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Last "Flight From Hell"?

News this week of a 14-hour Virgin America "flight from hell" from California to New York last Saturday has prompted questions about the Department of Transportation's new passenger treatment rules, and whether or not they could actually help travelers in similar situations.

Virgin American passengers were stuck on their plane for more than six hours after being diverted to another airport because of high winds. Passengers received little food or water, and had to take the last leg of their journey by bus -- arriving some 14 hours after they departed.

However, starting April 29, according to CBS News Travel Editor Peter Greenberg, new rules from the Department of Transportation(DOT) will go into effect, which could change things considerably.

Under the new rules, Greenberg said, Virgin America would have owed $3.2 million in fines for the way they treated their passengers.

The rules come after several attempts to pass legislation at the state and federal levels to restrict the amount of time planes may stay on the tarmac, as well as insure passengers receive basic needs. However, all failed to pass. But in late 2009, DOT made these rules:

The airline has to feed and give water to passengers after a two-hour wait.
After three hours, they have to take you back to the gate.
Any airline that violates these rules can be fined up to $27,000 per passenger.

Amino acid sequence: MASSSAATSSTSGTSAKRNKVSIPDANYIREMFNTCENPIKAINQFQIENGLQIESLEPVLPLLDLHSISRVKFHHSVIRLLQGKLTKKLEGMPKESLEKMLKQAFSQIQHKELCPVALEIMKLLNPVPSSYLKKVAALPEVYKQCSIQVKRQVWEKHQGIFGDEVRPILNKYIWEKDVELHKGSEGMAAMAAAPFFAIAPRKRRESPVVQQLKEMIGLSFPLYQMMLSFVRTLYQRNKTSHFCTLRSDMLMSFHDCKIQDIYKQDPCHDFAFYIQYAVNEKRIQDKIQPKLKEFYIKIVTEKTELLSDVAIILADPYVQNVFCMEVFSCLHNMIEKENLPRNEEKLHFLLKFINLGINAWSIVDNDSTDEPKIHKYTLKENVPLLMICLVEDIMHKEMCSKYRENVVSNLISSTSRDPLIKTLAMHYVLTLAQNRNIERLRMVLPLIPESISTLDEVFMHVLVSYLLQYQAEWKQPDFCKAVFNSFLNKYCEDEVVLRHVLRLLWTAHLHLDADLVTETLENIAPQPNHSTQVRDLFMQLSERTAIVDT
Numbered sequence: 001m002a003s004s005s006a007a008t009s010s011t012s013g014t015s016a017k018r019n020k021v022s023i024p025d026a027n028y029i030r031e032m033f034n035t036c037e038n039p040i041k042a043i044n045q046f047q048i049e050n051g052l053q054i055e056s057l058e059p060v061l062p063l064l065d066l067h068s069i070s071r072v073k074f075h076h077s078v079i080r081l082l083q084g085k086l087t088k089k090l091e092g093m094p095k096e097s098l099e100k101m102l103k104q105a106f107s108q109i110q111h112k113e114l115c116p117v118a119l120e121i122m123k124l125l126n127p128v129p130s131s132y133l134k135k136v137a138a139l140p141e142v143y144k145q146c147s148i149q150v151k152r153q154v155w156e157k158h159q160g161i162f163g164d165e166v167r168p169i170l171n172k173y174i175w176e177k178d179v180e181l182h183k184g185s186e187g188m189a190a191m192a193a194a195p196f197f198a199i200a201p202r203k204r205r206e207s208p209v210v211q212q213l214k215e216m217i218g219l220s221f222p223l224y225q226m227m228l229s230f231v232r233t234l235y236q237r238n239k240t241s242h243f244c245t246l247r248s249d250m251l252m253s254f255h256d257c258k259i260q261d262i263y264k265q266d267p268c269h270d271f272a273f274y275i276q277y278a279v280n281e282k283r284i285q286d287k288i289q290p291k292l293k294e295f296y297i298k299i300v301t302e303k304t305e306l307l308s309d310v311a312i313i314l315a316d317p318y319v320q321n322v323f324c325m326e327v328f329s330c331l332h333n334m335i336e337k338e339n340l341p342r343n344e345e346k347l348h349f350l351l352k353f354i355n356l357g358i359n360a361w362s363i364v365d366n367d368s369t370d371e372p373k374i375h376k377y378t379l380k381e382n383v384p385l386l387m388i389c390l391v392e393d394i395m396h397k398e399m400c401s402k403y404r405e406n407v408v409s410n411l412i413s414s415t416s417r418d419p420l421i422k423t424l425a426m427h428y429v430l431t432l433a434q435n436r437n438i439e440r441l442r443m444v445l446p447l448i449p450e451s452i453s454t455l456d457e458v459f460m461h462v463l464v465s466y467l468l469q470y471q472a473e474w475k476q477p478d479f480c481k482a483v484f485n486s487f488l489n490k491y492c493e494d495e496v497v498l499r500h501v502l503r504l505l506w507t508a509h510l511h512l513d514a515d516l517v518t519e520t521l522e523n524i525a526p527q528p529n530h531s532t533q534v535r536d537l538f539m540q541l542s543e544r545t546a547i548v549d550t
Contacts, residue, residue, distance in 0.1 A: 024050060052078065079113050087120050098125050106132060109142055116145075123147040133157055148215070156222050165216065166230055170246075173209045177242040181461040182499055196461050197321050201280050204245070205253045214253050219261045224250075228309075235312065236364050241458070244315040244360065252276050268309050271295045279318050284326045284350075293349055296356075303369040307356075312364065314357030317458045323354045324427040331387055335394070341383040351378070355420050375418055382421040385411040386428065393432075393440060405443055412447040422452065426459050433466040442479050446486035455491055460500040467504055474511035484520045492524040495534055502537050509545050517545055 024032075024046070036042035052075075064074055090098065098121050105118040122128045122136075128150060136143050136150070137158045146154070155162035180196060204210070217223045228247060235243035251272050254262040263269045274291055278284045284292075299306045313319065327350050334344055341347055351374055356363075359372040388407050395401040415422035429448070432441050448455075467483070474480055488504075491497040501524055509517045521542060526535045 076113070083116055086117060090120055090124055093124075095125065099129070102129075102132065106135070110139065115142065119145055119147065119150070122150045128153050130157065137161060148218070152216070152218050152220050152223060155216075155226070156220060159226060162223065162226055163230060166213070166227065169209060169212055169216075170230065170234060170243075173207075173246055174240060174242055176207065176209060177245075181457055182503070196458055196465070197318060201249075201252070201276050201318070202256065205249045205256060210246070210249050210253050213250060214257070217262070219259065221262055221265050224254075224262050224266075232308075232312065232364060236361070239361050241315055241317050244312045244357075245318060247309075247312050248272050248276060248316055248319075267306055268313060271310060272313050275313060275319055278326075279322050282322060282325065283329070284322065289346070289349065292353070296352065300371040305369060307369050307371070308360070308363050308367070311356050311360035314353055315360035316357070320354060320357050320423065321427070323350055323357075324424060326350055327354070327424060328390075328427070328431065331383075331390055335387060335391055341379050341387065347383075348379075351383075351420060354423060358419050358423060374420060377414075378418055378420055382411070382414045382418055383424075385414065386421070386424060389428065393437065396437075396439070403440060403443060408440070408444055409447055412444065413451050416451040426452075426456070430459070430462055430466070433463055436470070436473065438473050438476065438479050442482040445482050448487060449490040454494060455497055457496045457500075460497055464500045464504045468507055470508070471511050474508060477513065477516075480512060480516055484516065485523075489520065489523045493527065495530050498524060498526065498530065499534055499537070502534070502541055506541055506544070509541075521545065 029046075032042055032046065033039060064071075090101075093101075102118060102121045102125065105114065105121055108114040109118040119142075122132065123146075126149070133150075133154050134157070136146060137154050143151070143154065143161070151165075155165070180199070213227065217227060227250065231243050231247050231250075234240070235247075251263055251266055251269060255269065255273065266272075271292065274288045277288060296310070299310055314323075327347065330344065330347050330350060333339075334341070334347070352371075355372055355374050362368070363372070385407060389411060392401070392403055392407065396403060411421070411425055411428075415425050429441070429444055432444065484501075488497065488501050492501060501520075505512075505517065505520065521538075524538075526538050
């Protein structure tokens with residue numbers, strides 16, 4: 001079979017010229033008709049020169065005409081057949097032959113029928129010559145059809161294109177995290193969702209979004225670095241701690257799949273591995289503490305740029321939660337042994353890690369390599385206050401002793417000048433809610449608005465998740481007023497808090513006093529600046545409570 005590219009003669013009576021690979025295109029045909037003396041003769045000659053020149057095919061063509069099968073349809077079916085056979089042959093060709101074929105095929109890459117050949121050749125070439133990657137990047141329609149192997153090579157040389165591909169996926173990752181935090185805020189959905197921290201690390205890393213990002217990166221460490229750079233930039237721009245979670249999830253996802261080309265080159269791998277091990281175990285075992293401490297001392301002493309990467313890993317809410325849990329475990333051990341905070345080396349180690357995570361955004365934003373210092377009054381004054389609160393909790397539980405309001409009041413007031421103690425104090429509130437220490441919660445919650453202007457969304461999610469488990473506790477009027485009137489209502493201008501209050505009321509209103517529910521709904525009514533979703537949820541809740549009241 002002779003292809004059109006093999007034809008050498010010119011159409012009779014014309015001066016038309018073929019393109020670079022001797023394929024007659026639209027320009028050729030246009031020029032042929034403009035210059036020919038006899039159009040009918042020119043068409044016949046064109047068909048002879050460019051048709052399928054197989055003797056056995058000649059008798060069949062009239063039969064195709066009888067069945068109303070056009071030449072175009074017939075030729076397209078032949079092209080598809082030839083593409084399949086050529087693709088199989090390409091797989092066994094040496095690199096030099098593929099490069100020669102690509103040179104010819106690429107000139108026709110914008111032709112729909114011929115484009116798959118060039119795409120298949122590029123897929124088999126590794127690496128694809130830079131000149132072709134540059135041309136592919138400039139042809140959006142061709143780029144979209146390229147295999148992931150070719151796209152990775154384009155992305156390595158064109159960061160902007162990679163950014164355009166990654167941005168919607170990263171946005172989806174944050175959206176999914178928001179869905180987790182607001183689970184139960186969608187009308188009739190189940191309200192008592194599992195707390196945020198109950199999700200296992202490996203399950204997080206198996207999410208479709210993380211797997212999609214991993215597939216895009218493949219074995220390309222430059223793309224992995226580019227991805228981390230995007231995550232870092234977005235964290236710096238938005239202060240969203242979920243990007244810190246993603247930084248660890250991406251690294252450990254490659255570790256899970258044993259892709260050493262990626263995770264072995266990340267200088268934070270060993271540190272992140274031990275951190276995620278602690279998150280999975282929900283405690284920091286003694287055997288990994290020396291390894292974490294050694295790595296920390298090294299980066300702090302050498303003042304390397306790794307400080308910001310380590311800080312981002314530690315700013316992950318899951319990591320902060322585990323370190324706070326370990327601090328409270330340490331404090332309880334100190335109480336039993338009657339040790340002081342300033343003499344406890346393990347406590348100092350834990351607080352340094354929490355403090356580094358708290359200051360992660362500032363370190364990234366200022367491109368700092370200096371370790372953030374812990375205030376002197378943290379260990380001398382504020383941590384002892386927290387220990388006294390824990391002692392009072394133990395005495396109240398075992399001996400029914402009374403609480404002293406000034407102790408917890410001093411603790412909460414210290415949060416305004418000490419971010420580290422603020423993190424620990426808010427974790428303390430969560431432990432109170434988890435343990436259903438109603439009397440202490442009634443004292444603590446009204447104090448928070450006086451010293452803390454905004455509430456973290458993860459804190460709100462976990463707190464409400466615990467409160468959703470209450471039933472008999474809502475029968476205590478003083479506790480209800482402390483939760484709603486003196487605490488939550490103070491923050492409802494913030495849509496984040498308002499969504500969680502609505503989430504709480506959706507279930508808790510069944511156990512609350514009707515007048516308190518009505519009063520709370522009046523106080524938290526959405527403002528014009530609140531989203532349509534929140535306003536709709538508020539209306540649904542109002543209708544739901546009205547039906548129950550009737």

Greenberg said these rules have created a huge battle between the airlines and the government. He said, "The airlines - off the record -- are saying, 'Want to play that game? Any drop of rain, any snow, etc, we're going to cancel flights preemptively.' That's counterproductive because the airline doesn't get any revenue. We're heading for a showdown on April 29, no doubt about it."

But what will happen?

"The airlines can't be without revenue and passengers can't be stuck on the ground," Greenberg said. "The airlines are going to have to start rescheduling flights. You can't have airlines scheduling 34 flights leaving at 8 a.m. Airports can't handle that. Ideally, we'll see re-jiggering in schedules from smart airlines. I'd much rather take a 9 p.m. flight with no delay, than a 5 p.m. flight with a four-hour delay. And that's what we see now. So the threat of penalties might have airlines schedule correctly."

Greenberg said after April 29, airlines will start cancelling planes. He said fewer flights will be scheduled for peak times, and staggered throughout the day.

"They'll want to see who can play this game and not blink. The airlines don't want to have to play this rule because that's a $27,500 fine per passenger."

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